US 7354468 B2
A cyclonic separation device for a vacuum cleaner including a cylindrical housing, an inlet tube parallel to the axis of the housing having a vortex vane disposed axially in the inlet tube. Air rotates in one direction in the inlet tube, and preferably in the opposite direction in the housing. The housing includes a cylindrical sidewall with an upper central outlet tube and a closed bottom for collecting separated dirt. A disrupter ring located on the inside wall of the middle portion of the housing includes a curved surface and sharp edge for lifting air flow off the housing wall. An outlet tube disc spaced from the inlet of the outlet tube is located in the housing below the disrupter ring.
1. A cyclonic separation device for use with a vacuum source, comprising: a cylindrical housing having a cylindrical sidewall with a top and a bottom and a central axis, an inlet at the upper portion of the housing, an outlet at the top and a closed bottom forming an upper separation portion and a lower collection portion;
a central outlet tube having an inlet in the housing and an outlet communicating with the vacuum source; and the housing having a cylindrical sidewall with a disrupter ring located on the inside wall at a position below the inlet of the outlet tube; and an outlet tube disc positioned below the inlet to the outlet tube at a level below the disupter ring.
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9. A cyclonic separation device for use with a vacuum source, comprising: a cylindrical housing having a central axis, an inlet at the upper portion, an outlet at the top and a selectively openable bottom forming an upper separation portion and a lower collection portion; an inlet tube having an inlet opening and outlet opening positioned adjacent to the housing with an axis of the inlet tube substantially parallel to the central axis of the housing; a vortex vane positioned in the inlet tube causing inlet air therein to circulate; a transfer region at the upper portion of the housing, that is adjacent to the outlet opening of the inlet tube for introduction of circulating air into the housing; a central outlet tube having an inlet in the housing and an outlet communicating with the vacuum source; and the housing having a cylindrical sidewall with a disrupter ring located on the inside wall at a position below the inlet of the outlet tube.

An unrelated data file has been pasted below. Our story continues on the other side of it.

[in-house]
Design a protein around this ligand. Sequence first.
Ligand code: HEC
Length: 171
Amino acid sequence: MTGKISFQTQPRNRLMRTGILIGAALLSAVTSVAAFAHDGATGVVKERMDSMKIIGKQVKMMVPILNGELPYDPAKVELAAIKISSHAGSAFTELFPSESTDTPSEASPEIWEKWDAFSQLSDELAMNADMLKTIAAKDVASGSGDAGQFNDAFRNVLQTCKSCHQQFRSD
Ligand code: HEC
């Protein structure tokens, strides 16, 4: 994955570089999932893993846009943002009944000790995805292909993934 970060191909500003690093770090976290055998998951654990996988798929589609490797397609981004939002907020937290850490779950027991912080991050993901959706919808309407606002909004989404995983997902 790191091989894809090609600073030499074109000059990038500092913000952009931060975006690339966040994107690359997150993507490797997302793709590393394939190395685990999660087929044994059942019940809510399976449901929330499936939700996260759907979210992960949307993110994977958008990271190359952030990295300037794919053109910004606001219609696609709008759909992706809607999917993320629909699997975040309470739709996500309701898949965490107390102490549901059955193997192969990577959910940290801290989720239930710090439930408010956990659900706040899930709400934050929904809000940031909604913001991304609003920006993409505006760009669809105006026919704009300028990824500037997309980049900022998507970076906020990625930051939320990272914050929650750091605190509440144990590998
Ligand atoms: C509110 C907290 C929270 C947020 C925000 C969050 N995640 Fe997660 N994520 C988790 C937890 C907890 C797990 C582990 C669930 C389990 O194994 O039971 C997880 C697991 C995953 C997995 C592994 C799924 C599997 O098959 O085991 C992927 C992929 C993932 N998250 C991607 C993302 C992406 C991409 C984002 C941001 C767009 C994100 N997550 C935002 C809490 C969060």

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This is a continuation-in-part of U.S. application Ser. No. 10/926,609, filed Aug. 26, 2004, the entire disclosure of which is hereby incorporated by reference.
The invention relates to a cyclonic separation device for a vacuum cleaner. More particularly, it relates to a cyclonic separation attachment to be placed on the inlet pipe between the vacuum nozzle and the handle of the inlet pipe to increase the dirt separation and collection of a vacuum cleaner having a rigid inlet pipe.
Cyclonic separating devices for vacuum cleaners have been known for some time. For example, U.S. Pat. No. 6,195,835 to Samsung Kwangju Electronics discloses a vacuum cleaner having a cyclone dust collecting device. Here, the cyclone dust collecting device includes a dirt separating cyclonic chamber with a shroud extending into the chamber having a plurality of holes of a size to prevent the dirt of a predetermined particle size from flowing into the air outlet.
Another example of a cyclonic separation device is disclosed in U.S. Pat. No. 5,950,274 to Aktiengesellschaft Electrolux. The cyclonic separator includes a separation chamber having an upper cylindrical portion and a lower inverted truncated cone which defines a whirl chamber. Dirty air enters the interior of the cylindrical portion and travels down the truncated conical portion before exiting the top. The upside down truncated cone has a lower opening for dirt particles to fall through to be collected in the dirt collecting chamber below.
While the use of either cyclonic separators provides its own advantage, considerations related to the configuration of the vacuum cleaner as a whole may also affect the viability of the design. As the size of the vacuum cleaners becomes smaller and more compact, it becomes increasingly difficult to prevent the air flow from progressing down the inside of the separation chamber from disturbing the dirt collected in the dirt collecting container. This appears to be the reason why the collection chamber in both of the devices described above are relatively elongated. The extended collection chamber enables the air flow to disperse naturally and return to the exhaust without significant re-entrainment. Further, the separation chamber must be removable to allow it to be emptied, cleaned or replaced for the ease of use.